Wednesday, October 11, 2006
How to re-evaluate the world and your position in it.
a Book Review: "Animal Liberation" by Peter Singer
At the risk of losing many of you at the first part of this review, I will tell you this book was recommended by PETA. I have recently had my stomach and life turned by a few books about the meat processing system, and was eager to find more information. Those books were "The Jungle" by Upton Sinclair (See previous review), "Don't Eat This Book" by Morgan Spurlock, and "Fast Food Nation" by Eric Schlosser. At first I thought it would only be fast food that I'd be turned away from. But then I realized the meat packing plants don't care if they are slaughtering for home use or fast food use, all the same abuses happen.
In "Animal Liberation," Peter Singer takes us on a journey of the mind, ethics and morality. The book is broken down into 6 chapters, each independent of each other yet building on one another, so I will break this review down to a chapter by chapter review/summary.
Chapter 1. All Animals are equal...or why the ethical principle on which human equality rests requires us to extend equal consideration to animals too.
In this chapter the author presents the idea of "speciesism." This is along the lines of racism, sexism, etc. This argument is presented with simple, straightforward facts and ideas with no emotion tied to them. In fact throughout the book the author does not attempt to influence the readers way of thinking only to spur (pun intended) the thinking process. On the idea of human equality, The principle of equality is not a description of an alleged actual equality among humans: it is a prescription of how we SHOULD treat human beings. This equality should and could be carried over to "non-human" animals. Why should animals be forced to live in conditions we would not allow the lowliest of humans live in? Why should we as humans claim the right to slaughter and eat animals. Why should we as humans think that animals are there for us to pour chemicals on just to see how they react, or "condition" through painful electric shock? The author answers these questions, by saying simply. We shouldn't.
Chapter 2. Tools For Research...your taxes at work.
This chapter is one of the 2 extremely disturbing chapters which the squeamish should not only read but ask why we do these things. Or better yet allow these things to happen. I'm talking about using animals for cruel research projects. From shocking monkeys to learn how to fly a plane and then inducing radiation sickness on them to see if they can still fly with little electric shock "reminders" to pouring chemicals into bunnies eyes that we already know are irritants. In this chapter a European scientist after viewing several psychological animal experiments is quoted as calling American Scientists barbarians. The ironic part is that really, European scientists are cruel...just not as cruel as Americans. One quote that I love is that in experiments still going on now to find how much smoking contributes to lung cancer the author asks, "If people continue to smoke, knowing that by doing so they risk lung cancer, is it right to make animals suffer the cost of this decision?" The final outcome of this chapter is that animal research is completely unnecessary. For example, in guinea pigs pennicillin causes adverse effects, if we had accepted this animal research we would never had the use of that extremely useful medicine for humans.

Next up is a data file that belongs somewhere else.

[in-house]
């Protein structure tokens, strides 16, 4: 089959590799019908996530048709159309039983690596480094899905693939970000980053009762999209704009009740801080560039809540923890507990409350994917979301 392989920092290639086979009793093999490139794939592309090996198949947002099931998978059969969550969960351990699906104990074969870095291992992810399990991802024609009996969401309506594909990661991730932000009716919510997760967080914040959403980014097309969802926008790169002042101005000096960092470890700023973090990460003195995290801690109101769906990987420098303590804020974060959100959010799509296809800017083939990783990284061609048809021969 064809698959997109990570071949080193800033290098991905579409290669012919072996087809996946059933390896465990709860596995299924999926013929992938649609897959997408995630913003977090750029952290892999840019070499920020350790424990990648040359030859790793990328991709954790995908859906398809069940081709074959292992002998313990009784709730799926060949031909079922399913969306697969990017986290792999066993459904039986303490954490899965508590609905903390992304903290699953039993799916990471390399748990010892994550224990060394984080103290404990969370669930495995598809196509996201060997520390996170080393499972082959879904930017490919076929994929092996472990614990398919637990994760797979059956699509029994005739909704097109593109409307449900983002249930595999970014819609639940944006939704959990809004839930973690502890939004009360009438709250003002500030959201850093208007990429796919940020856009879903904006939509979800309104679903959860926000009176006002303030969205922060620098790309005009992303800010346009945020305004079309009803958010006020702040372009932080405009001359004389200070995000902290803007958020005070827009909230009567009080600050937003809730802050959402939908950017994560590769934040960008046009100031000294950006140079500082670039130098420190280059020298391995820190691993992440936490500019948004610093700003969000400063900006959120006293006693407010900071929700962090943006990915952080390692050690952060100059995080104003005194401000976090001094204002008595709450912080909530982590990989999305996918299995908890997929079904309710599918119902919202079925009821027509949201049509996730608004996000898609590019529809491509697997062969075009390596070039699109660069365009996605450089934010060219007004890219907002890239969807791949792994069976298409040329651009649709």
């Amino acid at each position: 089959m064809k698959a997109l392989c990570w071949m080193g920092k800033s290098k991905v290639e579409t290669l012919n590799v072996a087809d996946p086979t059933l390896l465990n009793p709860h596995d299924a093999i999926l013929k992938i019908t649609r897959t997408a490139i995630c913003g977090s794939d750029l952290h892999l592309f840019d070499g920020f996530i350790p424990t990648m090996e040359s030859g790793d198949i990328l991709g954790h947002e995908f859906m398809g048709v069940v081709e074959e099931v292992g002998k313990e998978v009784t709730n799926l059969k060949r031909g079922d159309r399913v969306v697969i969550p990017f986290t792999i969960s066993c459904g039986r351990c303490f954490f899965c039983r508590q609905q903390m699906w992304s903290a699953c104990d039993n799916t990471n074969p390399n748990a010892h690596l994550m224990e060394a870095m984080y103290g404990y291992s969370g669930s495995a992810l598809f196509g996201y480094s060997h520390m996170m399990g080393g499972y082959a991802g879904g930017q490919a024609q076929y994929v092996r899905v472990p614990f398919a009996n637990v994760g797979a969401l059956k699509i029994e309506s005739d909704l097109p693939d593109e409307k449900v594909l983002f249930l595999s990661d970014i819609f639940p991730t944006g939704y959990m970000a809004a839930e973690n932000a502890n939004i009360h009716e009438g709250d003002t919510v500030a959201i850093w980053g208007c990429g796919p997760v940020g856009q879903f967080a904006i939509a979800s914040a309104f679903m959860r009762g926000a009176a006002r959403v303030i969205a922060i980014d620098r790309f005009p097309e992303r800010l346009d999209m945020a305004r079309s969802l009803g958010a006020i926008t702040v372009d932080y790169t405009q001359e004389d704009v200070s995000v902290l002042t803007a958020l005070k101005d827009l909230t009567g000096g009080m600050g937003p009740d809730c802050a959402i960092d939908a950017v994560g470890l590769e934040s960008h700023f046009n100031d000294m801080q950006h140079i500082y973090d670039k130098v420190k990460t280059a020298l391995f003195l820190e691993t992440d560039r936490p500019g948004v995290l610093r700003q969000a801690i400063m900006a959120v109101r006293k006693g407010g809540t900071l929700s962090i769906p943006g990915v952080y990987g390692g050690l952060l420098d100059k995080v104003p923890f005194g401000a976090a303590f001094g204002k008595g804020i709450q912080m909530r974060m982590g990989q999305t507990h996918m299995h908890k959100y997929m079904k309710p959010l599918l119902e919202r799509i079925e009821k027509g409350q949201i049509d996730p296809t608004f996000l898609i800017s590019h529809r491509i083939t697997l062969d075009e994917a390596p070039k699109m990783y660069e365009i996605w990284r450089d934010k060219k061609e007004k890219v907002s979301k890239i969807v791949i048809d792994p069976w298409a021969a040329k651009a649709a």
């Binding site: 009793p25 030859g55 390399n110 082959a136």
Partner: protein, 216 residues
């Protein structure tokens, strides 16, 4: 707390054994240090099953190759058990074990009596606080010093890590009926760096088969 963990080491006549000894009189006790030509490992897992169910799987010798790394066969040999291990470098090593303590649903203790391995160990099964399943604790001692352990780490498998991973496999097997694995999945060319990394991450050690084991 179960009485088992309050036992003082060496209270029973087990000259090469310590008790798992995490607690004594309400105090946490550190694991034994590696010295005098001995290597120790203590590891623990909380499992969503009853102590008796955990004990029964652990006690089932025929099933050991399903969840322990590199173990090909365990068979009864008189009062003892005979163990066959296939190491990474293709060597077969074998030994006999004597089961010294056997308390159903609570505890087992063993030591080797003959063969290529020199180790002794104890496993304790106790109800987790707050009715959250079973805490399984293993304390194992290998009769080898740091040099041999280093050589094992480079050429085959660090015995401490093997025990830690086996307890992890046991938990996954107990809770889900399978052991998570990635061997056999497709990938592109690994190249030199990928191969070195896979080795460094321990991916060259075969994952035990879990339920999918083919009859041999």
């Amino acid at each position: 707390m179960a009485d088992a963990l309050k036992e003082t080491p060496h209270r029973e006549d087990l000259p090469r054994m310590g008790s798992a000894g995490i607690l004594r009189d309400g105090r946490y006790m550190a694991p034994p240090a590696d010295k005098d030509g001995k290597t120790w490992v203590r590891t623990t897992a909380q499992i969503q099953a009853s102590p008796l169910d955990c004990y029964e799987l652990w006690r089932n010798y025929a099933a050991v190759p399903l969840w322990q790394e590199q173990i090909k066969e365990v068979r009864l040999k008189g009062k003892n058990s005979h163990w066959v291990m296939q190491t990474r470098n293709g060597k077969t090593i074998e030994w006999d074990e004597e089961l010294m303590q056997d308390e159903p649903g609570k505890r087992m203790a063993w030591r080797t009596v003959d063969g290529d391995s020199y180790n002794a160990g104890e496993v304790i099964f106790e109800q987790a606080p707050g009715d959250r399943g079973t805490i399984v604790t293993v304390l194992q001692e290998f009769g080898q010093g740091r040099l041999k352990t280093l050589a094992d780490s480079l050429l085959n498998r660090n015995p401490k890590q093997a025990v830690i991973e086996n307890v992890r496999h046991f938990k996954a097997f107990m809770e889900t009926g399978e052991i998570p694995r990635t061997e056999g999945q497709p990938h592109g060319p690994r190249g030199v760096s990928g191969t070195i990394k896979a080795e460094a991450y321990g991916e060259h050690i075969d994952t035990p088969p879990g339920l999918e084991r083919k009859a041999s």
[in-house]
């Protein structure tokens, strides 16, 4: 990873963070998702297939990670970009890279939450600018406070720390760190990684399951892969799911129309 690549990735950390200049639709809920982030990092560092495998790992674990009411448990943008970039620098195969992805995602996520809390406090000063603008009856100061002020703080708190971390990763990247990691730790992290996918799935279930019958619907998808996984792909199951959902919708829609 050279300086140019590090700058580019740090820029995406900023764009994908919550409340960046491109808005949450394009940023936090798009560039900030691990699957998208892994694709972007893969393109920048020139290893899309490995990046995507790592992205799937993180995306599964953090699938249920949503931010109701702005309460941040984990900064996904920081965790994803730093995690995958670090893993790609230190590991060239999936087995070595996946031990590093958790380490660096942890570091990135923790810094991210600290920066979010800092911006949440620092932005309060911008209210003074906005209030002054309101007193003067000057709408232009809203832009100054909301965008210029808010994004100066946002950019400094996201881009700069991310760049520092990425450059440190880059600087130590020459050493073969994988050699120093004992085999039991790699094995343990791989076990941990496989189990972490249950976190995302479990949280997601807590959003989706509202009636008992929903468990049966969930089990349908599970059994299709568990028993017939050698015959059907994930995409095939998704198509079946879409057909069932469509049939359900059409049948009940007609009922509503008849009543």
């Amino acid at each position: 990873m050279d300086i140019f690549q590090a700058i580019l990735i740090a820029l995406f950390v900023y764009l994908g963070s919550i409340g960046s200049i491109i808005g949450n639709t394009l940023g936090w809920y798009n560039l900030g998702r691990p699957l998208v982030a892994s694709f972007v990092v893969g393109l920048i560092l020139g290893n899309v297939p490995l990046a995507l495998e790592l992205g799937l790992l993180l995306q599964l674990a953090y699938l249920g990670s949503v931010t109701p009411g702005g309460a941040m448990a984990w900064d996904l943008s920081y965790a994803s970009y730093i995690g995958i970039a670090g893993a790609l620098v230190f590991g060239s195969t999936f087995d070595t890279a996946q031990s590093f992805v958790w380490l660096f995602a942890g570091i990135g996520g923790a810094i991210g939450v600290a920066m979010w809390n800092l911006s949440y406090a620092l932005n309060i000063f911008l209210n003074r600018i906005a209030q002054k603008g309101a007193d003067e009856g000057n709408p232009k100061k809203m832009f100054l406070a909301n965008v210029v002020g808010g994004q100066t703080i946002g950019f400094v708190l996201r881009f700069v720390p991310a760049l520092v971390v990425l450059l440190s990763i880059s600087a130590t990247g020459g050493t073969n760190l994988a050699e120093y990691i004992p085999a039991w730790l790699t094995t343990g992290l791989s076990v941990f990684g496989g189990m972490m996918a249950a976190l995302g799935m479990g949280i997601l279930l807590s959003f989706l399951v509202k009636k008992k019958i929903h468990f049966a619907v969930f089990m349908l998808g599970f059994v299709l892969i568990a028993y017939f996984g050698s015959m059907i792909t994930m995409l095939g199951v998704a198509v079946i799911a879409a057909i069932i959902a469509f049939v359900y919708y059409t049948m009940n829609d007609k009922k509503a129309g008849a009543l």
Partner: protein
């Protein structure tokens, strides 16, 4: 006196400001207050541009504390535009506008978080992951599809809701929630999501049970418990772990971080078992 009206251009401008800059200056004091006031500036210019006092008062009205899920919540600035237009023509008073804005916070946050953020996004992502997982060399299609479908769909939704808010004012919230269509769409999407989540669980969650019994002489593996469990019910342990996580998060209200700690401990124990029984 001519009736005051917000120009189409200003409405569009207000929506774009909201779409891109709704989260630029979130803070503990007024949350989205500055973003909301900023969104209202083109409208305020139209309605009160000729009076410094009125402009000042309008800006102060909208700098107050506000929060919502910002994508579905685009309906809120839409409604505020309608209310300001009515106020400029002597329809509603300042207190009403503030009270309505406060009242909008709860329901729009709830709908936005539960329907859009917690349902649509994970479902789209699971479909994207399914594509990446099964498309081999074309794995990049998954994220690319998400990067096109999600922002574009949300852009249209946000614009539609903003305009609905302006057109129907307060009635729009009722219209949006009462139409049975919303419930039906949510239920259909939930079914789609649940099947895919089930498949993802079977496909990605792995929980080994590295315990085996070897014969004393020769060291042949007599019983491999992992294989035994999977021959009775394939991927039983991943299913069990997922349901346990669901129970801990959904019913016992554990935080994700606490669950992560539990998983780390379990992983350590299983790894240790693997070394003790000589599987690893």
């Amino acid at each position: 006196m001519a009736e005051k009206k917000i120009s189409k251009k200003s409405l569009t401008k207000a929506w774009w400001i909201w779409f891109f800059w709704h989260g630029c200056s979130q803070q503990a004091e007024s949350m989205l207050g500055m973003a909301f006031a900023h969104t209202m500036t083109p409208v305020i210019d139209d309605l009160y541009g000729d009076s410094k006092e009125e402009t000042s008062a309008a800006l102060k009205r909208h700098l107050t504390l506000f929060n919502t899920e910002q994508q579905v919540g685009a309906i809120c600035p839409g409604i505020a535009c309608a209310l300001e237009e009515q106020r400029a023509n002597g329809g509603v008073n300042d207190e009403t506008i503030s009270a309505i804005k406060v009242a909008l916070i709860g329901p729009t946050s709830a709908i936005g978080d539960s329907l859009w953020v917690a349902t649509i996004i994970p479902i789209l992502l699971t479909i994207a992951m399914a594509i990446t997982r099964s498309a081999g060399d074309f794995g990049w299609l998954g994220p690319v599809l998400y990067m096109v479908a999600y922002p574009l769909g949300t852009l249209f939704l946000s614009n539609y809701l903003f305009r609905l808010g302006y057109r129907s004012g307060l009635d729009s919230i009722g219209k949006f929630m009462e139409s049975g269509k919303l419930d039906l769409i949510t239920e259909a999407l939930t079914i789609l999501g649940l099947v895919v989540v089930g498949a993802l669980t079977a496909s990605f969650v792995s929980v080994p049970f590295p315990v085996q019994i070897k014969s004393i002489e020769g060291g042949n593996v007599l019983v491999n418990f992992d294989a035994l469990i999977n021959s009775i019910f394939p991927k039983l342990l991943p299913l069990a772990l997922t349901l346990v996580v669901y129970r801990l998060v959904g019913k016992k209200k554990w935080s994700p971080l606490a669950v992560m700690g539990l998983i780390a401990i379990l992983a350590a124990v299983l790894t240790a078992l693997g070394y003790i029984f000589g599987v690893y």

Chapter 3. Down on the Factory Farm...or what happened to your dinner when it was still an animal.
One of the cruelest things discussed in this book is the treatment of veal cattle. These young calves are taken from their mothers (usually machine siphoned dairy cows) and kept in cages/pens which they cannot move because if they did move...the meat would not have that tender veal quality. They are also kept from having the proper nutrients because the nutrients would darken the meat. All for some snobby rich person to have their unique meat. That is just useless waste. The atrocities to other animals are also discussed. (For more on this go to my myspace site and watch the "Meet Your Meat" Video. http://www.myspace.com/gilwilson)
Chapter 4. Becoming a vegetarian...or how to produce less suffering and more food at a reduced cost to the environment.
Finally someone not only tells you why but how. And really it is just as easy as saying...leave off the meat. The main idea behind becoming a vegetarian is that in becoming a vegetarian a person would increase the amount of grain available to feed people elsewhere, reduce pollution, save water and energy, and cease contributing to the clearing of forests; moreover, since a vegetarian diet is cheaper than one based on meat dishes, they would have more money available to devote to famine relief, population control, or whatever social or political cause they thought most urgent. That's it in a nutshell. Now, keep in mind I'm not a full fledged vegetarian, but I'm working on it. I was back in college and never felt better.
Chapter 5. Man's Dominion... a history of Speciesism.
Here we go off on a tangent of how throughout times (from biblical to modern) we have denied the "non-human" animal freedom. I found this chapter to be dull but informative. It shows how throughout times humans have been cruel...but in an optimistic turn shows how views have slowly changed.
Chapter 6. Speciesism today
Basically this shows the progress we are making...and have made in the be nice to animals campaign. Really folks it isn't hard stuff here. Why should we hunt animals for mere trophies? Why should we wear fur when synthetics are just as easily available and look just as nice?
Well what do you think?